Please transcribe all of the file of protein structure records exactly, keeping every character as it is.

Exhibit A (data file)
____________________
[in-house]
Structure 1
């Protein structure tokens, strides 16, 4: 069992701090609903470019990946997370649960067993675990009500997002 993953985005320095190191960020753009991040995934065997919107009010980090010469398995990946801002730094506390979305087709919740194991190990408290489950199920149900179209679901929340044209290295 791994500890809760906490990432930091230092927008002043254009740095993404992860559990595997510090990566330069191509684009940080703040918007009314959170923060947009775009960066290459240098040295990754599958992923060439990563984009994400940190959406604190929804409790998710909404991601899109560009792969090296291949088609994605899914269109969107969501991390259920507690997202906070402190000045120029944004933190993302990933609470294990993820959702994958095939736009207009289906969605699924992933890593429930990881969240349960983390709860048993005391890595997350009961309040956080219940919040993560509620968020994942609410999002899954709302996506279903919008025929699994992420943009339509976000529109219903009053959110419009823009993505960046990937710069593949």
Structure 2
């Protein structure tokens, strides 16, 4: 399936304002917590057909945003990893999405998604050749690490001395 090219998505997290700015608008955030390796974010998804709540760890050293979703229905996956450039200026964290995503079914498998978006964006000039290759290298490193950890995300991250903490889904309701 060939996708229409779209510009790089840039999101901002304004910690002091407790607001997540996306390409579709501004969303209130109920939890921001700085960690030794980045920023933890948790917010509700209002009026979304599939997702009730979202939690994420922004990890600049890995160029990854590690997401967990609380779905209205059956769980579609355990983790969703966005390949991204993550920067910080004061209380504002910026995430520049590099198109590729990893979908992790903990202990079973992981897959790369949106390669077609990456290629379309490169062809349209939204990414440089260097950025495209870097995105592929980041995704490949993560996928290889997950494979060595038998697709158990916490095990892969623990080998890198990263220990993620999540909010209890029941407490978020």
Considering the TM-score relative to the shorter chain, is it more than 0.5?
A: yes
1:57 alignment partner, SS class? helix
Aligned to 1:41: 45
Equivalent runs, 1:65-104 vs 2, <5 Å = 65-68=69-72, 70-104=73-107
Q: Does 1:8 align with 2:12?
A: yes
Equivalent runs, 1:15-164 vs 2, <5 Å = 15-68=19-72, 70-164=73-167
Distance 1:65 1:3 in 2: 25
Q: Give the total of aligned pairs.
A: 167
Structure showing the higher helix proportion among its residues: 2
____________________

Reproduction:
[in-house]
Structure 1
């Protein structure tokens, strides 16, 4: 069992701090609903470019990946997370649960067993675990009500997002 993953985005320095190191960020753009991040995934065997919107009010980090010469398995990946801002730094506390979305087709919740194991190990408290489950199920149900179209679901929340044209290295 791994500890809760906490990432930091230092927008002043254009740095993404992860559990595997510090990566330069191509684009940080703040918007009314959170923060947009775009960066290459240098040295990754599958992923060439990563984009994400940190959406604190929804409790998710909404991601899109560009792969090296291949088609994605899914269109969107969501991390259920507690997202906070402190000045120029944004933190993302990933609470294990993820959702994958095939736009207009289906969605699924992933890593429930990881969240349960983390709860048993005391890595997350009961309040956080219940919040993560509620968020994942609410999002899954709302996506279903919008025929699994992420943009339509976000529109219903009053959110419009823009993505960046990937710069593949």
Structure 2
């Protein structure tokens, strides 16, 4: 399936304002917590057909945003990893999405998604050749690490001395 090219998505997290700015608008955030390796974010998804709540760890050293979703229905996956450039200026964290995503079914498998978006964006000039290759290298490193950890995300991250903490889904309701 060939996708229409779209510009790089840039999101901002304004910690002091407790607001997540996306390409579709501004969303209130109920939890921001700085960690030794980045920023933890948790917010509700209002009026979304599939997702009730979202939690994420922004990890600049890995160029990854590690997401967990609380779905209205059956769980579609355990983790969703966005390949991204993550920067910080004061209380504002910026995430520049590099198109590729990893979908992790903990202990079973992981897959790369949106390669077609990456290629379309490169062809349209939204990414440089260097950025495209870097995105592929980041995704490949993560996928290889997950494979060595038998697709158990916490095990892969623990080998890198990263220990993620999540909010209890029941407490978020």
Considering the TM-score relative to the shorter chain, is it more than 0.5?
A: yes
1:57 alignment partner, SS class? helix
Aligned to 1:41: 45
Equivalent runs, 1:65-104 vs 2, <5 Å = 65-68=69-72, 70-104=73-107
Q: Does 1:8 align with 2:12?
A: yes
Equivalent runs, 1:15-164 vs 2, <5 Å = 15-68=19-72, 70-164=73-167
Distance 1:65 1:3 in 2: 25
Q: Give the total of aligned pairs.
A: 167
Structure showing the higher helix proportion among its residues: 2